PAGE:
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My Winter Bike

Currently my winter bike is a 17″ Marin Hamilton 29er that I put a Shimano Alfine 8 speed hub on the rear.  I ride a smaller bike with a little longer stem and setback seat post so it’s easy to jump off if needed.  I love the internal geared hub. It’s great to have a range of gears for fresh snow, there’s less maintenance and the gears don’t get frozen up.  I’ve ridden with standard derailleur drive trains and single speed setups, but I have had the freewheel or cassette body mechanisms freeze up, and then your rear gears just spin with no engagement to the wheel.  I’ve also had the rear derailleur itself freeze up, so I couldn’t change gears.  Both of these problem have only happened when it was below 15 degrees or so. Other than the drive train, I don’t believe you need to have any other concerns about your components.  As far as brakes, if you are used to a certain style they will work, just not quite as well.  My bike has v-brakes which work just fine, I have used cantilever and caliper brakes as well, they do not work as well, but I was used to them and knew my bike and how far I needed to stop.  I’m sure disc brakes would work great, but I worry about all the extra moving parts of the caliper, how close it is the the salt laden street and how they could freeze up.  Currently the brakes are the part that corrodes the most quickly, after the chain of course.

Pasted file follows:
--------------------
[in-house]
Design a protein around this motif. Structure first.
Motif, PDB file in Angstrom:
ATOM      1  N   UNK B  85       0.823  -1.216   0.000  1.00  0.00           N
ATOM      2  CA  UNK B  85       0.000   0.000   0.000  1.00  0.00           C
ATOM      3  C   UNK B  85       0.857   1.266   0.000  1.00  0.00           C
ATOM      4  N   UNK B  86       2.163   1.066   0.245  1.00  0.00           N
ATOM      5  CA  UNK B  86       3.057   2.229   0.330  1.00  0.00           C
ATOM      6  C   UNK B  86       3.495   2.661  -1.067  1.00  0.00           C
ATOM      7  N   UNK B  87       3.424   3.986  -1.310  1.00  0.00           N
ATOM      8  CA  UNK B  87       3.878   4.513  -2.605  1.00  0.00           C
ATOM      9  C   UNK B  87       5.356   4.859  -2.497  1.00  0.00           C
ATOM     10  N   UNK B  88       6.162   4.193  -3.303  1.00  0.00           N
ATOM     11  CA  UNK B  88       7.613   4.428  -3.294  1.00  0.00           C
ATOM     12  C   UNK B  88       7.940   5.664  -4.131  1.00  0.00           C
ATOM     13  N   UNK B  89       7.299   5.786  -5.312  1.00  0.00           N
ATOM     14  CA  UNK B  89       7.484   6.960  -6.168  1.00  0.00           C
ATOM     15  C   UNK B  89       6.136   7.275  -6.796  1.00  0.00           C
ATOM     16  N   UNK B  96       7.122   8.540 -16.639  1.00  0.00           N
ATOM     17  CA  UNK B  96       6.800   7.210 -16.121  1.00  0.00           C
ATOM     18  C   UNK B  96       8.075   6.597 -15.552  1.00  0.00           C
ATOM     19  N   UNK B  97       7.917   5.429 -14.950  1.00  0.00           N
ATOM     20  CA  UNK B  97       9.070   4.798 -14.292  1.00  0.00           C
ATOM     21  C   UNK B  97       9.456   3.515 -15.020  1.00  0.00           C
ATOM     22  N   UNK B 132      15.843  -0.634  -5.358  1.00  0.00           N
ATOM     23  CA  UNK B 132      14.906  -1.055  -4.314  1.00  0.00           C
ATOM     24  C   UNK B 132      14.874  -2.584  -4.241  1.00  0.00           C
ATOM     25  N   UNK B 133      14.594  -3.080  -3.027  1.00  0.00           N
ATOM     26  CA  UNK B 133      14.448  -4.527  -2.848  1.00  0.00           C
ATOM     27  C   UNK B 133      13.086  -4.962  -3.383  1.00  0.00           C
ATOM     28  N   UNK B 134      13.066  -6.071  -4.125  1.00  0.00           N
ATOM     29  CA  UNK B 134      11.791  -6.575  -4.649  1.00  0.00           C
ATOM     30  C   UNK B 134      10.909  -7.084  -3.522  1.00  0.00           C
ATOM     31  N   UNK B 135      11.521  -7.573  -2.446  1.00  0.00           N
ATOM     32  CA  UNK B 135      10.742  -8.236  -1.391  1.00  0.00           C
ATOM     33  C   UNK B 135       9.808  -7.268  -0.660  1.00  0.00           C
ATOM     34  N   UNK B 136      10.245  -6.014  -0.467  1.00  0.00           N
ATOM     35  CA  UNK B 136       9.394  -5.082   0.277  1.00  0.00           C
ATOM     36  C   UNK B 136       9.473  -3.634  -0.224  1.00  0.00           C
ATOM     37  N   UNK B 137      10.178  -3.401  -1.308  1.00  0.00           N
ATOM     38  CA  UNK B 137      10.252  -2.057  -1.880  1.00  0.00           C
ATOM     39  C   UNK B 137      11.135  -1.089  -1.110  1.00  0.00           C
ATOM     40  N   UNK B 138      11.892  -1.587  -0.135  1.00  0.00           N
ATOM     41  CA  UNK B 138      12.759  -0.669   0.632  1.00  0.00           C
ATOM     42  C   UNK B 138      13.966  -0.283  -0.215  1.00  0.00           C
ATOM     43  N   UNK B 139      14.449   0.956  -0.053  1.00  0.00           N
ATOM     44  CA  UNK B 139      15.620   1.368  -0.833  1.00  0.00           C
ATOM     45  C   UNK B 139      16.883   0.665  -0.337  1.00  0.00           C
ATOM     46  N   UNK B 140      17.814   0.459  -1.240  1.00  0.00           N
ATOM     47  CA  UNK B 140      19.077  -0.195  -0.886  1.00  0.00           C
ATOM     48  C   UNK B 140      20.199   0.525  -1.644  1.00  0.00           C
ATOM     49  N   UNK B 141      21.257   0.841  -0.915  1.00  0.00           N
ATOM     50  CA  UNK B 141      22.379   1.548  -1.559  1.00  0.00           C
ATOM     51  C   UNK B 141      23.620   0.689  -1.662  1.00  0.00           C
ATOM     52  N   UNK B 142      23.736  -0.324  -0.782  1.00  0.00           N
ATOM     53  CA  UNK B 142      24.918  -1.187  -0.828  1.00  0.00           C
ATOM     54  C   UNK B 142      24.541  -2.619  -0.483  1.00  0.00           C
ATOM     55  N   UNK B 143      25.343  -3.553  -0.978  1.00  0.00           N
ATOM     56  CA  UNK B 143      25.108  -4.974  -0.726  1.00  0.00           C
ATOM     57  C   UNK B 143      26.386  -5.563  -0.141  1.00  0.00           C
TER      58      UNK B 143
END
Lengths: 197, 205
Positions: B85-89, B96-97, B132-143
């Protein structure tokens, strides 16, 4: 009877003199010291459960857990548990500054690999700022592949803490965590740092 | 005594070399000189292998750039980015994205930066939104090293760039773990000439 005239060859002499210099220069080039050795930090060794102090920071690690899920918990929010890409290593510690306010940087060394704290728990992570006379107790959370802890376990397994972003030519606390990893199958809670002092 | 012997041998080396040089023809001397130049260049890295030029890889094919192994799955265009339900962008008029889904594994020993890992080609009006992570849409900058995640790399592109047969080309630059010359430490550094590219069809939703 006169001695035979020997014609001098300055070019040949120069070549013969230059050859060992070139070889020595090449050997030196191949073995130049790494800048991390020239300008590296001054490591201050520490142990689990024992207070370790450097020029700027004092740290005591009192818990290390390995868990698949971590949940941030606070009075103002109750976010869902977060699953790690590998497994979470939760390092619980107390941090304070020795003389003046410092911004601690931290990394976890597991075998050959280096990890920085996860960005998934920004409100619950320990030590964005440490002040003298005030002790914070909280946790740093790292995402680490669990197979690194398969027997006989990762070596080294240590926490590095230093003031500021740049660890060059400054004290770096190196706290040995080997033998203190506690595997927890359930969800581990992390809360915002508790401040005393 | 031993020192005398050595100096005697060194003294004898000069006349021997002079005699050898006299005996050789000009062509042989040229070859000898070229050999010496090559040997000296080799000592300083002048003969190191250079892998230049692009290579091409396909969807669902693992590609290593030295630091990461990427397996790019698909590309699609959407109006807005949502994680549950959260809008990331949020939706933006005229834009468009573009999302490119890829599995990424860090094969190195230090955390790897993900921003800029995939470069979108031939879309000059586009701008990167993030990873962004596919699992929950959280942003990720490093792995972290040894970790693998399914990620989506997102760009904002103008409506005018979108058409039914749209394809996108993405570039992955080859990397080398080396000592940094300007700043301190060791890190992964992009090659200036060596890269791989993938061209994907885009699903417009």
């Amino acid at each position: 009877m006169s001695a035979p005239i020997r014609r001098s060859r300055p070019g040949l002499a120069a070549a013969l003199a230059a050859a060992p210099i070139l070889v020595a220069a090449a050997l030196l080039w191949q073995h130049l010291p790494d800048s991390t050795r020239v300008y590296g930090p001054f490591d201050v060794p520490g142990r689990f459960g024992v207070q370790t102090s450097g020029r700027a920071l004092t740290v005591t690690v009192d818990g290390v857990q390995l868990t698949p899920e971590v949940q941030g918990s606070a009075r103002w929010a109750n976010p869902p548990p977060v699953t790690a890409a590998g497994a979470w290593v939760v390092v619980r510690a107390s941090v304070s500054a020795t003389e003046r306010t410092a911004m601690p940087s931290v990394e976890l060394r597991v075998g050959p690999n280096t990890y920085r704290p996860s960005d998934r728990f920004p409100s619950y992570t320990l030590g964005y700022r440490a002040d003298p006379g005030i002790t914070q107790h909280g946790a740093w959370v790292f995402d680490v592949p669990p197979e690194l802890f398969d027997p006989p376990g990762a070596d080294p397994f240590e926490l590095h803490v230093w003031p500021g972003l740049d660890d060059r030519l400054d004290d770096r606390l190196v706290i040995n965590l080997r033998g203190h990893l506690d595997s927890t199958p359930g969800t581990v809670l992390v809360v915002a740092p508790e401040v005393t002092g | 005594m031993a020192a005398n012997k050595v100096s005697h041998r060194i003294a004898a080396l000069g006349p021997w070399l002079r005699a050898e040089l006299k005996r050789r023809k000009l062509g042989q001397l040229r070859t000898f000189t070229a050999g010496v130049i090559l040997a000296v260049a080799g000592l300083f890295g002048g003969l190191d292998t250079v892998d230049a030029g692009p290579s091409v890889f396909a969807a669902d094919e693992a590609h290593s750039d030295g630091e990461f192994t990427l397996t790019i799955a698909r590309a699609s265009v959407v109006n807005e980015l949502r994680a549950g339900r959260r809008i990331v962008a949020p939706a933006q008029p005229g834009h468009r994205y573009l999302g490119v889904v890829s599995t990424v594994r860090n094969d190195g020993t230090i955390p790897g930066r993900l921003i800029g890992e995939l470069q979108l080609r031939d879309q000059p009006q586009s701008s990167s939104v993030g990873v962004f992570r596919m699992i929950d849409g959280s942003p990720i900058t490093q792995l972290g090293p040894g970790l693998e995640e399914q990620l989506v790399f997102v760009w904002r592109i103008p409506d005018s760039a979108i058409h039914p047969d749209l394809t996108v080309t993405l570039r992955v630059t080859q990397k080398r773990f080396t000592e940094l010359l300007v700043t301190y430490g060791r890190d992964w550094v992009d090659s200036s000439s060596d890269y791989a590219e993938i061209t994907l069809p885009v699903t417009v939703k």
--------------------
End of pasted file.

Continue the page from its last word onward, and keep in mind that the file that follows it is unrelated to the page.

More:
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My "Custom" Toe Covers

The only special feature on my bike are the toe clip covers that I made out of two old water bottles.  I cut the water bottle top off, wrapped it around the toe clip and attached it with zip ties.  This keeps my feet much warmer, because of the wind protection and my shoes stay much cleaner and dryer. I like toe clips, because they keep my feet on the pedals, which I’ve had issues with, either from hitting a patch off ice and the bike slides one way and my foot the other, or just the interface between a slippery, snow covered shoe sole and an icy cold pedal.  That having been said pedal choice comes down to personal preference. For instance, some people at the shop don’t like toe clips, because they feel it’s harder to get out of them in an emergency and that they don’t get big enough for wearing boots.